Greenwood Police Merit commission to decide officer’s fate at Thursday meeting

GREENWOOD, Ind. — During a four-hour hearing on Wednesday, Greenwood’s Police Merit Commission heard testimony and evidence against suspended officer Samuel Bowen to determine whether or not he’ll be terminated from the department. 

Bowen is accused of violating three department policies dealing with technology use and officer behavior. Those charges stem from messages Bowen sent on his department-issued devices in which he repeatedly made racist, homophobic and antisemitic comments.

Within the messages collected by the Greenwood Police Department, there were more than 50 anti-Semitic comments as well as more than 75 homophobic comments and phrases. There were also multiple uses of profanity as well as multiple race-related comments.

Just some of the thousands of pages of messages were read off during tonight’s hearing. Most of it cannot be repeated, but Bowen repeatedly used the terms “jew,” an anti-gay slur, and the term “13 percenter.”

That refers to the percentage of the US population that is African American and has been used to falsely suggest that they commit 50 percent of all crimes.

“As long as I’m the chief I would never put him back in a role where he’s going to interact with the public,” Chief James Ison said during his testimony. 

Ison was one of several witnesses who testified and were cross-examined. A city attorney and Assistant Chief Matthew Fillenwarth were also questioned. 

Aside from the offensiveness of the remarks and policy violations, the city attorney said Bowen’s comments also jeopardize any case he’s ever worked on. 

“If you have conduct like this, that really challenges their credibility,” said Greenwood Assistant Attorney Drew Foster. 

The messages came to light earlier this year after Bowen filed a federal lawsuit against Chief Ison and the city. 

He accused them of retaliating against him for critical comments he made on Facebook during the contentious Greenwood mayoral primary. 

Foster testified that the messages were requested as part of the discovery process.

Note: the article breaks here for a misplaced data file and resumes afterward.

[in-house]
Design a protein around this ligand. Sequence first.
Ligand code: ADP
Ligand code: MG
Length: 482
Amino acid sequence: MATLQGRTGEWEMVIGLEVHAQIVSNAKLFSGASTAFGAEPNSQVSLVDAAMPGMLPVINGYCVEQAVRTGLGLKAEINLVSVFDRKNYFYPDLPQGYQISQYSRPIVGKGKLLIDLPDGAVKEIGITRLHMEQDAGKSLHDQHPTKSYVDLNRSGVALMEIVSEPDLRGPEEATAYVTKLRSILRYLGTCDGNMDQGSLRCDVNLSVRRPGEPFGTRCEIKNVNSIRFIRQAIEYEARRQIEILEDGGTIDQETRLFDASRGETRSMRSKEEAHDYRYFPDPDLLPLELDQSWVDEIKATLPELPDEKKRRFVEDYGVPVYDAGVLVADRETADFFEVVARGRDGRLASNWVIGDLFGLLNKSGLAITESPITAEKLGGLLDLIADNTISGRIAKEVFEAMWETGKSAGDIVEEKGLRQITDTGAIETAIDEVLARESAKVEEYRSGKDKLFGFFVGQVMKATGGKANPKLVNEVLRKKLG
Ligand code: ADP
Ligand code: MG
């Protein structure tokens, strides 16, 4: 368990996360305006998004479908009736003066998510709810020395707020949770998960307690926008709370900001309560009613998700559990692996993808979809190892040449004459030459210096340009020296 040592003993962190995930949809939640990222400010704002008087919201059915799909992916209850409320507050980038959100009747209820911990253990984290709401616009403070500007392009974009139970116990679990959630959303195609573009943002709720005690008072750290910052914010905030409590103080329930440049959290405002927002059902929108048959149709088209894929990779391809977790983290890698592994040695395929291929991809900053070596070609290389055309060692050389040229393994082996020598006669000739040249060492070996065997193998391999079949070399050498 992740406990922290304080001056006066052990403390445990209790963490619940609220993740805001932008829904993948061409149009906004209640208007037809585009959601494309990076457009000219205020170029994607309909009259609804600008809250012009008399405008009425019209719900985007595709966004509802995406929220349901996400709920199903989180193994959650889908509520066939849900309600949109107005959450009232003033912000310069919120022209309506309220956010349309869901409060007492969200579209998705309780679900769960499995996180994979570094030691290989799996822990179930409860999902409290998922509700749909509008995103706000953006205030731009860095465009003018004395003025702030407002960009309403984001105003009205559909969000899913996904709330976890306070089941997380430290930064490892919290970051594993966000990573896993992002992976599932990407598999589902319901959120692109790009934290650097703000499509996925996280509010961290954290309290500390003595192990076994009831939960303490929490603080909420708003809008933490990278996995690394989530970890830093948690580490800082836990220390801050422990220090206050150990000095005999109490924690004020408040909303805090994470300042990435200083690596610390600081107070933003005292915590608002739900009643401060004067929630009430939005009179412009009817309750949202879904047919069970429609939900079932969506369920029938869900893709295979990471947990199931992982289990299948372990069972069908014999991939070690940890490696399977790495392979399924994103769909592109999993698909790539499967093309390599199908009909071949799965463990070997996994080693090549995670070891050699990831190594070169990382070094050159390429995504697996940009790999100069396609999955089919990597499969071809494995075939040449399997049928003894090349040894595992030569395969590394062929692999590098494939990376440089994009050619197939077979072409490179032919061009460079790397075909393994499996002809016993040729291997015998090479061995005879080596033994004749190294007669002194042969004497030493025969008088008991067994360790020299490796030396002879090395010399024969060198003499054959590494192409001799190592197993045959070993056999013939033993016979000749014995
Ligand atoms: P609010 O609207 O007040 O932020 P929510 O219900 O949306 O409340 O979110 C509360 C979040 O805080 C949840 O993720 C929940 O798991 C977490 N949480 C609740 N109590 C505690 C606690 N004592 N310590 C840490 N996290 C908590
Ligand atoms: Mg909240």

Bowen’s attorney focused heavily on that ongoing lawsuit and argued his client is being treated harsher than other officers because of it.

When Bowen testified, he said he wasn’t proud of the comments but said it was a way to blow off steam. 

“It’s not anything I’m proud of. It was, to me, humor between friends and a way to deal with stress,” Bowen said on the witness stand. “I think a lot of people at this department can attest that the past two years have been very difficult for Greenwood.”

Bowen denied racially profiling anyone and said he did not realize the impact his comments would have at the time. 

“I don’t feel that I’m having bias towards these people,” Bowen said. “It’s terms I wish I didn’t use.”

In total, six Greenwood officers were involved in the messaging scandal. Three resigned and one was suspended for five days. Officer Bowen along with Officer Elijah Allen are having their fates decided in these disciplinary hearings. 

Despite the number of officers involved, Chief Ison said this is not a systemic issue in his department.

However, an expert witness testified at Wednesday’s hearing that this scandal has without a doubt hurt the credibility of Greenwood’s police force.

The commission has an executive session scheduled for Thursday at 5 p.m. where they will deliberate as a jury would and decide what Bowen’s punishment will be.

Their decision will then be announced at their regularly scheduled meeting immediately after the executive session.

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